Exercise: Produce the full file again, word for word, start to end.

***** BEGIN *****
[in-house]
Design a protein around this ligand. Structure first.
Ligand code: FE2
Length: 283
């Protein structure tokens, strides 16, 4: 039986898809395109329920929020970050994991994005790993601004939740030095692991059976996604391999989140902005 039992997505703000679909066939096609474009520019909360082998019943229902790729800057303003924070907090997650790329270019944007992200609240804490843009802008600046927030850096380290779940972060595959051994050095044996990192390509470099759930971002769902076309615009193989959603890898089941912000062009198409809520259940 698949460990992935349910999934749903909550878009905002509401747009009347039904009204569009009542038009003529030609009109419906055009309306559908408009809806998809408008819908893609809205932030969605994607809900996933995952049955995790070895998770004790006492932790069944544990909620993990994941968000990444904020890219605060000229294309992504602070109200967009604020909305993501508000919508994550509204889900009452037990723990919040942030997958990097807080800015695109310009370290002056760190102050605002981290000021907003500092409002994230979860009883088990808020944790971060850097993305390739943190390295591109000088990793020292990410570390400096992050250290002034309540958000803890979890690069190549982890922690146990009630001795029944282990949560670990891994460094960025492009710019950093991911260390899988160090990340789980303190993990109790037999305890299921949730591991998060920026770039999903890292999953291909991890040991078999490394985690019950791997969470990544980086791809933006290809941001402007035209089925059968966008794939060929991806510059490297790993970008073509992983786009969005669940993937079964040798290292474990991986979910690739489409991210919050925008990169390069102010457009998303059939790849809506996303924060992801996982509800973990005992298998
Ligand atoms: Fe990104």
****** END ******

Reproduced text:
[in-house]
Design a protein around this ligand. Structure first.
Ligand code: FE2
Length: 283
């Protein structure tokens, strides 16, 4: 039986898809395109329920929020970050994991994005790993601004939740030095692991059976996604391999989140902005 039992997505703000679909066939096609474009520019909360082998019943229902790729800057303003924070907090997650790329270019944007992200609240804490843009802008600046927030850096380290779940972060595959051994050095044996990192390509470099759930971002769902076309615009193989959603890898089941912000062009198409809520259940 698949460990992935349910999934749903909550878009905002509401747009009347039904009204569009009542038009003529030609009109419906055009309306559908408009809806998809408008819908893609809205932030969605994607809900996933995952049955995790070895998770004790006492932790069944544990909620993990994941968000990444904020890219605060000229294309992504602070109200967009604020909305993501508000919508994550509204889900009452037990723990919040942030997958990097807080800015695109310009370290002056760190102050605002981290000021907003500092409002994230979860009883088990808020944790971060850097993305390739943190390295591109000088990793020292990410570390400096992050250290002034309540958000803890979890690069190549982890922690146990009630001795029944282990949560670990891994460094960025492009710019950093991911260390899988160090990340789980303190993990109790037999305890299921949730591991998060920026770039999903890292999953291909991890040991078999490394985690019950791997969470990544980086791809933006290809941001402007035209089925059968966008794939060929991806510059490297790993970008073509992983786009969005669940993937079964040798290292474990991986979910690739489409991210919050925008990169390069102010457009998303059939790849809506996303924060992801996982509800973990005992298998
Ligand atoms: Fe990104």